Mérida, Yucatán — True to his style, the painter Gabriel Ramírez Aznar will present 27 abstract acrylics at the Fernando García Ponce-MACAY museum starting Friday, May 25.
This is his most recent collection, which he called “Obra última” (“Last Work”). The artist turned 80 in January. But does the name indicate his retirement?
“If I had said ‘penultimate’ it would have been worse,” jokes the maestro, who takes his joke a little further: “It could also be called: ‘If you saw one, you saw all of them.’ ”
Born in Mérida on Jan. 4, 1938, Ramírez Aznar is not so thrilled if the exhibit is just to celebrate eight decades of life.
“It seems that someone is surprised that at 80 years one continues to paint, but a painter never stops doing it, he does not retire like any other professional,” said Ramírez Aznar, in an interview with Diario de Yucatán. “A painter is still doing his art until he has no strength.”
Ramírez Aznar began painting, untrained, at 21. At the time he was living in Mexico City, where he emigrated with his family due to economic problems.
He remains a self-taught painter.
“I did not go to Mexico City to become a painter. I did not know how to do anything … but I was lucky to be at the right time and with the right people.”
He returned to Mérida in 1975, a recognized artist. Even the MACAY, the contemporary art museum next to the city’s cathedral, dedicated one of its rooms to his work.
Ramírez Aznar has exhibited in museums in Cuba, Israel, Chile, and Nicaragua, and has been featured in more than 35 exhibitions in Mexico City’s now defunct Pecanins Gallery.
The paint is barely dry on his newest exhibit, at the MACAY. All of it was created since January.
“I paint fast because this type of work requires it,” said Ramírez Aznar.
His technique involves three sessions. The composition is first, followed by corrections and then a final flourish.
For the artist, the most difficult point is the beginning and the end. “What is between those two points is what I like, the work itself; I do not like the goal.”
He is lead by instinct.
“In my case, my body tells me when I made a mistake,” said Ramírez Aznar. “If I painted with glasses they would tarnish me. Then I would realize that I messed up.”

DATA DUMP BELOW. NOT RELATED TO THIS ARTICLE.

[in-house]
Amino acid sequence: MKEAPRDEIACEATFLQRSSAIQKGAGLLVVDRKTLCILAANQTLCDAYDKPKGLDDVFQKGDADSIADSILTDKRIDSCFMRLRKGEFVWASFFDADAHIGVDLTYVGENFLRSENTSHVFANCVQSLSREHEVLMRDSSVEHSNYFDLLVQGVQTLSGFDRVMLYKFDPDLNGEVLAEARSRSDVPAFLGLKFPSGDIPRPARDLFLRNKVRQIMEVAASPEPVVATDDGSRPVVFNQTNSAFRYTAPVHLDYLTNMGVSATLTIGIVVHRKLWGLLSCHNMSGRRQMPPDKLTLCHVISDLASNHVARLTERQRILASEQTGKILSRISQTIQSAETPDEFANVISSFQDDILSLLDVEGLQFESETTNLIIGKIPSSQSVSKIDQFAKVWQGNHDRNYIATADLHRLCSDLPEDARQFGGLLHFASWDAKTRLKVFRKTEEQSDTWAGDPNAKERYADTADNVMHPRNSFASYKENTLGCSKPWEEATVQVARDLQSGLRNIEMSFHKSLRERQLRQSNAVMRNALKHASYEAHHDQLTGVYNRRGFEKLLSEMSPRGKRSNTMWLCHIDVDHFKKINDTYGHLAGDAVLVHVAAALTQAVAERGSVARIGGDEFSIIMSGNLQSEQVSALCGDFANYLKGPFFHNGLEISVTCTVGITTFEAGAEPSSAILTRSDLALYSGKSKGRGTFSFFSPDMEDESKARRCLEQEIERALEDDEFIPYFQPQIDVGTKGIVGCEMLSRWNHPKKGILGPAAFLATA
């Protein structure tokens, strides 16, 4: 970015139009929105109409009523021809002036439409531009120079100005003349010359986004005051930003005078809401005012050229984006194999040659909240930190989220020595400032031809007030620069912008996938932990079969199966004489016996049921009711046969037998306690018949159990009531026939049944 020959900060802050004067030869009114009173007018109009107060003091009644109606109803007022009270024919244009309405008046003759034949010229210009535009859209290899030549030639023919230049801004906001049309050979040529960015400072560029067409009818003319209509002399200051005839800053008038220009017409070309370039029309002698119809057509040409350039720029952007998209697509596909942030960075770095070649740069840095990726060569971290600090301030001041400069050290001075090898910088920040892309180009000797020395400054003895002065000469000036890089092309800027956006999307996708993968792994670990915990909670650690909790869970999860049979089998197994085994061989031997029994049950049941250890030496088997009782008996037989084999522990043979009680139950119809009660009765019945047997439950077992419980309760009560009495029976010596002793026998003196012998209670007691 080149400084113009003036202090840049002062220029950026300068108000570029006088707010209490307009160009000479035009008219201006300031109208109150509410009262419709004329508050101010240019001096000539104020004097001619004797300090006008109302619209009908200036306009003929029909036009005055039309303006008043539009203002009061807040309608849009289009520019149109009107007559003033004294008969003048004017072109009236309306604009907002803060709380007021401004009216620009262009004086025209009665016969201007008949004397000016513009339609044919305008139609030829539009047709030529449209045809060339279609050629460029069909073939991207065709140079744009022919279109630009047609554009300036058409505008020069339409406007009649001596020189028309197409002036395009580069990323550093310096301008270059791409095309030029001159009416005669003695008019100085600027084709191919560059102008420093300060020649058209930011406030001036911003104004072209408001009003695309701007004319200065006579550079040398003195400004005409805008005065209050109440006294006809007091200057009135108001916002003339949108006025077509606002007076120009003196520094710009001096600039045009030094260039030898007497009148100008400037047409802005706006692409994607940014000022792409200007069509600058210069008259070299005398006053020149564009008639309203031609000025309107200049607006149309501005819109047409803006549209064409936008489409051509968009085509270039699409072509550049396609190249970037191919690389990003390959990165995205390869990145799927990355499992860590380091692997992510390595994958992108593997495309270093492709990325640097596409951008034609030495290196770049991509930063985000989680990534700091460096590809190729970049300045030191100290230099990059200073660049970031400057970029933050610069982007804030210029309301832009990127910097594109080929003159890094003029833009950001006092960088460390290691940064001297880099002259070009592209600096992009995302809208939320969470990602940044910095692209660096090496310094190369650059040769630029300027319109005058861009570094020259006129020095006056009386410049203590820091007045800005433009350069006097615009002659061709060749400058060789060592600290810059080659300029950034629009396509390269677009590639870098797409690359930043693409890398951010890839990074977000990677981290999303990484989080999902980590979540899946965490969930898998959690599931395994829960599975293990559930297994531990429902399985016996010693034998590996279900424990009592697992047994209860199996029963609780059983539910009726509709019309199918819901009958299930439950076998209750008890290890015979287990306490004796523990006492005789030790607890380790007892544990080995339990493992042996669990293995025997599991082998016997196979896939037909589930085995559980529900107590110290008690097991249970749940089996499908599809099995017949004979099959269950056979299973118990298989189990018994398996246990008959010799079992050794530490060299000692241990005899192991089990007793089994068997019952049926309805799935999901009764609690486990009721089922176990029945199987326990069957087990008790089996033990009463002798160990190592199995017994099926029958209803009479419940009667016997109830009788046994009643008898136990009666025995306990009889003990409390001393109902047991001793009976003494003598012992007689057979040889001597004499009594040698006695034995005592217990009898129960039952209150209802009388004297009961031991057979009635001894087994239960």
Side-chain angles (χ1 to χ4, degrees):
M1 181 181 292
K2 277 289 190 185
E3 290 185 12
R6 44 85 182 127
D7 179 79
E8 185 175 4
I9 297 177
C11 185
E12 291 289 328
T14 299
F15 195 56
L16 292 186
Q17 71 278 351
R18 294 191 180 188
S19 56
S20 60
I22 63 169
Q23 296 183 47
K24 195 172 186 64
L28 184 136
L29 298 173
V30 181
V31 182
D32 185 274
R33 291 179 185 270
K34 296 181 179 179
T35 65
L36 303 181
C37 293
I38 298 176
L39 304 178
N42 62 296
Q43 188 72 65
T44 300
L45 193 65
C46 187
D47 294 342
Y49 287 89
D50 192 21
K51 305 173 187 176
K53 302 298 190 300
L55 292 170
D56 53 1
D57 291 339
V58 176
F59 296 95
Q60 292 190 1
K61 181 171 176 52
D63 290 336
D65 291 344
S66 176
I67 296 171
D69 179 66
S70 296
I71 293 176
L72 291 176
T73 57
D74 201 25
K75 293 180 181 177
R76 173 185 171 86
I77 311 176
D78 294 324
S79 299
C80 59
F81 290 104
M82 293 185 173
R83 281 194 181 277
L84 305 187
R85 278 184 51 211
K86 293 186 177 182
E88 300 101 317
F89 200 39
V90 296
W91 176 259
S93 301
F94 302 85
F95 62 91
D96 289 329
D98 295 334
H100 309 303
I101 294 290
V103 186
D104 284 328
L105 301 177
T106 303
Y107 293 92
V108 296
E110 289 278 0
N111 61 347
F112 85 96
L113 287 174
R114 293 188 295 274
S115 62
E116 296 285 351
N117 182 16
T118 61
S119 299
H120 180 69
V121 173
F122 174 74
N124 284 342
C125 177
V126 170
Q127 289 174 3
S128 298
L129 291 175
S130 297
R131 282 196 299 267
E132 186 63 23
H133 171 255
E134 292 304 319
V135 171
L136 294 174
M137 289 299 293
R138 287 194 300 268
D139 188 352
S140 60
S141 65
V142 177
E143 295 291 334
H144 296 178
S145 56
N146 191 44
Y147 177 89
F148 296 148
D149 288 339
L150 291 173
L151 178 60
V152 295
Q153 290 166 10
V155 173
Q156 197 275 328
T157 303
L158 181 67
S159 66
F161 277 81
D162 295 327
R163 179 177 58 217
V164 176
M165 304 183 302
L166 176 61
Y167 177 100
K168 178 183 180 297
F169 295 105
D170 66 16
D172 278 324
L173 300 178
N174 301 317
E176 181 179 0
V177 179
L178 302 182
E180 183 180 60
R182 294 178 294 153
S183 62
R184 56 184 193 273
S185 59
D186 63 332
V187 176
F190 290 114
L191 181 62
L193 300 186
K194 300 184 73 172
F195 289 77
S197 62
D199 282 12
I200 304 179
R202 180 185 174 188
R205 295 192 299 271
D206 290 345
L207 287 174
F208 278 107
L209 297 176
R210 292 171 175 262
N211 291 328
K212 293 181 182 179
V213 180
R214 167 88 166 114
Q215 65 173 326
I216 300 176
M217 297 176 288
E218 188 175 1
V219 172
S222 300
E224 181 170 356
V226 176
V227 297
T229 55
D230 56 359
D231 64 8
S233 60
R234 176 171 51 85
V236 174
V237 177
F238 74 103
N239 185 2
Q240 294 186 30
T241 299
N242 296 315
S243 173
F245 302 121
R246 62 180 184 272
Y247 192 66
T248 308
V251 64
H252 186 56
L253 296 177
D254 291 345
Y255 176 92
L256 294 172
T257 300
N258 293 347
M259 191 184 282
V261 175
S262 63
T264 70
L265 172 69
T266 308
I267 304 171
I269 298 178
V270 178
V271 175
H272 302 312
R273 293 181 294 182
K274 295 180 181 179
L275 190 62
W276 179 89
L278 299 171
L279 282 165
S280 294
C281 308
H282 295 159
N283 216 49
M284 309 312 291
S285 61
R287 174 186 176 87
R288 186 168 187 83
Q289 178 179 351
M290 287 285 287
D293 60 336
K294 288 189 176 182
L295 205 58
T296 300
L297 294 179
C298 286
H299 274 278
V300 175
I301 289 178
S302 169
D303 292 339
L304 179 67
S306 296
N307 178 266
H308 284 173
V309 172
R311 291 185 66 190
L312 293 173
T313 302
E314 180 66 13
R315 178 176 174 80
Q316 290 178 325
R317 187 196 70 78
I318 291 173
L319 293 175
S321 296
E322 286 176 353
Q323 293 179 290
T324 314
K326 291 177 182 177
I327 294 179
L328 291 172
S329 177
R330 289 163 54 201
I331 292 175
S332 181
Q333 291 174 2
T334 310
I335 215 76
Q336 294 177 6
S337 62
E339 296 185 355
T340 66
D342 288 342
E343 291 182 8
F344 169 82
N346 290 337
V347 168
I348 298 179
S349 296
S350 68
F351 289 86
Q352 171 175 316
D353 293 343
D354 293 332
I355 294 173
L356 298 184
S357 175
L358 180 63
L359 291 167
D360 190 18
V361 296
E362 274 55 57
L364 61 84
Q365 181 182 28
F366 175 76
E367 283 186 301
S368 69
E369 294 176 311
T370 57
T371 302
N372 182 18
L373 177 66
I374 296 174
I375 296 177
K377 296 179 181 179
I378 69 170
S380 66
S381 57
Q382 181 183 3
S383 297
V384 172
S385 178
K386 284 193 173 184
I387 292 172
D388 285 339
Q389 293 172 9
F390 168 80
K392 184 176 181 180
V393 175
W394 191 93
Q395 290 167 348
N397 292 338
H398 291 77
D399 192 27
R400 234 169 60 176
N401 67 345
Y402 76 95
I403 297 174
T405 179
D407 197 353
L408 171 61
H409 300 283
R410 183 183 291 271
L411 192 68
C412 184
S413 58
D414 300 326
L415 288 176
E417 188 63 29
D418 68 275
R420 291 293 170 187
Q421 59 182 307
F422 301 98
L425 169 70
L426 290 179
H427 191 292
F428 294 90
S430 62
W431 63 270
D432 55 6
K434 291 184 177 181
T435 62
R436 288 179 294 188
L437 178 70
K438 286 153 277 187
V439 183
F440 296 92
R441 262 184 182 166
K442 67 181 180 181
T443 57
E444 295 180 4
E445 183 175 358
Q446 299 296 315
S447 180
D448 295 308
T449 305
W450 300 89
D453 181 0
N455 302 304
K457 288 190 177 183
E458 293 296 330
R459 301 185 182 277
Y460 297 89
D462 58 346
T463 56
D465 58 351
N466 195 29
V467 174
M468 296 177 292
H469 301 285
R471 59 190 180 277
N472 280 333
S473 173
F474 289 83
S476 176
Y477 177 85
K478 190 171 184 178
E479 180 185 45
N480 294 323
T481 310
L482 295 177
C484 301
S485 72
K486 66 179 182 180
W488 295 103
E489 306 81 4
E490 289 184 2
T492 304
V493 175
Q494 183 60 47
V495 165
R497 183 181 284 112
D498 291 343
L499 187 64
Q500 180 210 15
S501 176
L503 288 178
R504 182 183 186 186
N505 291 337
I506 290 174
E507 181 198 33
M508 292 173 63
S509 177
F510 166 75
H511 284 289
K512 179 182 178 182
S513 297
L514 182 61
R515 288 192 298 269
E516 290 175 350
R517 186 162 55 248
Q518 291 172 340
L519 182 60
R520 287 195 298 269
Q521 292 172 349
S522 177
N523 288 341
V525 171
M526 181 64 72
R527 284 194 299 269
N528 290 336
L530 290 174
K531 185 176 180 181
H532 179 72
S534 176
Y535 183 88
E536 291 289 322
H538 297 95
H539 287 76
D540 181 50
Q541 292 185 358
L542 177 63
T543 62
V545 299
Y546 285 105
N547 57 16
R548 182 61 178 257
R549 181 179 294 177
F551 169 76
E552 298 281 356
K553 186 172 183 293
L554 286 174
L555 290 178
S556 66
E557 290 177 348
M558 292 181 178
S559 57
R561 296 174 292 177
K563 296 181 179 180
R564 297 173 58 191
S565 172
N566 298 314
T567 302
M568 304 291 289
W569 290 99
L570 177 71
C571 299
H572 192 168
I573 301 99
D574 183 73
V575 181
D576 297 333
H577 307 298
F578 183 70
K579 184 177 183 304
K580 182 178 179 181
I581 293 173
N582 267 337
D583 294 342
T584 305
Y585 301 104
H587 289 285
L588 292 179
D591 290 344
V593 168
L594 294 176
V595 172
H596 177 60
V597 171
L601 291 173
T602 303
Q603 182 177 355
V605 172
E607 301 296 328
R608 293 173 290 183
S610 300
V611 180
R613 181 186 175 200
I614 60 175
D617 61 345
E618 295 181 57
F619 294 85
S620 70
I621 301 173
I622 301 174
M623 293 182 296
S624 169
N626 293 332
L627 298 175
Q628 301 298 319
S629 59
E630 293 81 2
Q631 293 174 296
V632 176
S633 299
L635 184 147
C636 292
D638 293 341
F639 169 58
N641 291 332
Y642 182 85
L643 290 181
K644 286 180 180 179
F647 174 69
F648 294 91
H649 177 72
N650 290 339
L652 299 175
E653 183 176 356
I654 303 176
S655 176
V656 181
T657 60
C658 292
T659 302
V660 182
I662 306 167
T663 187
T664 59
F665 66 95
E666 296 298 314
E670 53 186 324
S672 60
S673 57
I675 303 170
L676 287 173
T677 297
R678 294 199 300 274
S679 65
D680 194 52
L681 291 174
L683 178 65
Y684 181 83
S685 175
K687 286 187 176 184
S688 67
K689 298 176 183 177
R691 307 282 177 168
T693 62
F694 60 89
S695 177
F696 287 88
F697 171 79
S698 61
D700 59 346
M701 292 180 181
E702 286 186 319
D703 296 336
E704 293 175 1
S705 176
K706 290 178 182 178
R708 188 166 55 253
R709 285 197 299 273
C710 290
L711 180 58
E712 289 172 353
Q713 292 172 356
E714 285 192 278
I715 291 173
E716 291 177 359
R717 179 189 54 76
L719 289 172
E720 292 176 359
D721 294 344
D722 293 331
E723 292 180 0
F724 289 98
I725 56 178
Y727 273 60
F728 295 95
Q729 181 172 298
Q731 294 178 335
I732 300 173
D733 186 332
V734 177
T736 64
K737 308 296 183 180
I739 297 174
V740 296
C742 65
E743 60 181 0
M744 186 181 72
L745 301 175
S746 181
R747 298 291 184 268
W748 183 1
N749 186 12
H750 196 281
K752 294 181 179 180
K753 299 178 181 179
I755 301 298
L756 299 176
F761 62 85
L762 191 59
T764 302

So until now, despite having cataracts, he puts aside his glasses when he paints.
“Let’s say I paint blindly,” he confessed.
Color has a “biological influence on me,” and the public will see lots of it in the show.
“I do not know if it is the correct term, but they are happy, violent pictures, but basically they are the product of a moment of joy or pleasure.I do not paint anguished anything, I paint with joy,” he said.
He does not dwell on his paintings. “Everything is spontaneous,” he said.
Over 60 years of creating art, his work has become cleaner, the artist observed.
“In my previous exhibitions everything was jammed, there were too many elements … I have seen pictures from some years ago that are hanging in a restaurant and I realize that they are bad, I would like to take them and edit them all.”
In his house he still has many paintings because, he said, he does not usually sell many.
“I sell little because people do not like bright colors, they want something more moderate that does not disturb them so much, things that appease,” said Ramírez Aznar.
Despite so much recognition, Ramírez Aznar said he considers himself a rather forgotten painter.
“In this country everything is centralized, and in the question of the arts if you are not in the capital you do not exist.”
Even from his family, he sometimes lacks respect.
The artist recalls that one family member, with whom he does not talk much, once asked him: “You’re still creating graffiti?”
Source: Diario de Yucatan